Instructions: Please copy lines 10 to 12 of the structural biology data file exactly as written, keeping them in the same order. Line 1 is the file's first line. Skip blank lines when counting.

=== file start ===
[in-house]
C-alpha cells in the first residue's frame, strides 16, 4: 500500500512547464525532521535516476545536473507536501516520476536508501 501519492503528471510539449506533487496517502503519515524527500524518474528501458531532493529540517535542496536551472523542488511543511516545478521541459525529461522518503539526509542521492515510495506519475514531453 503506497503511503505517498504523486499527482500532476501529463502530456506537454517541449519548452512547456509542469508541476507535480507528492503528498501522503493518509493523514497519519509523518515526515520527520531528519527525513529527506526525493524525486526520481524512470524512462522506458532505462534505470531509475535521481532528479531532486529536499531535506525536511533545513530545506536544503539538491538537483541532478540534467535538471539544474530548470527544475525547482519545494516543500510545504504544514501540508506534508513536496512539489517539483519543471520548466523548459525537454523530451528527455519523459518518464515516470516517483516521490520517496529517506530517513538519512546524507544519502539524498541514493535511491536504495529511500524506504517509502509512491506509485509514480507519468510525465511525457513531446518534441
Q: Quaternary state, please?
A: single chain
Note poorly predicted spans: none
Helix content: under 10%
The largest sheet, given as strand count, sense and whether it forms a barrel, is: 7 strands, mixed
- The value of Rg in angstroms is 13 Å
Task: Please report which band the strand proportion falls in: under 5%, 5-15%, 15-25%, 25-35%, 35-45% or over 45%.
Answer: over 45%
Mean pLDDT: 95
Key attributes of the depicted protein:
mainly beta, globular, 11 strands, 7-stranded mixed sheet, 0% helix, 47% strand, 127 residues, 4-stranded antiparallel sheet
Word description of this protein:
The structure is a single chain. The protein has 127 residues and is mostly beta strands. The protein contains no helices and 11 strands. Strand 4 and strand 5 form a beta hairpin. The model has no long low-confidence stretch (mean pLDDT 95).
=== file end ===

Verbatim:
Answer: over 45%
Mean pLDDT: 95
Key attributes of the depicted protein: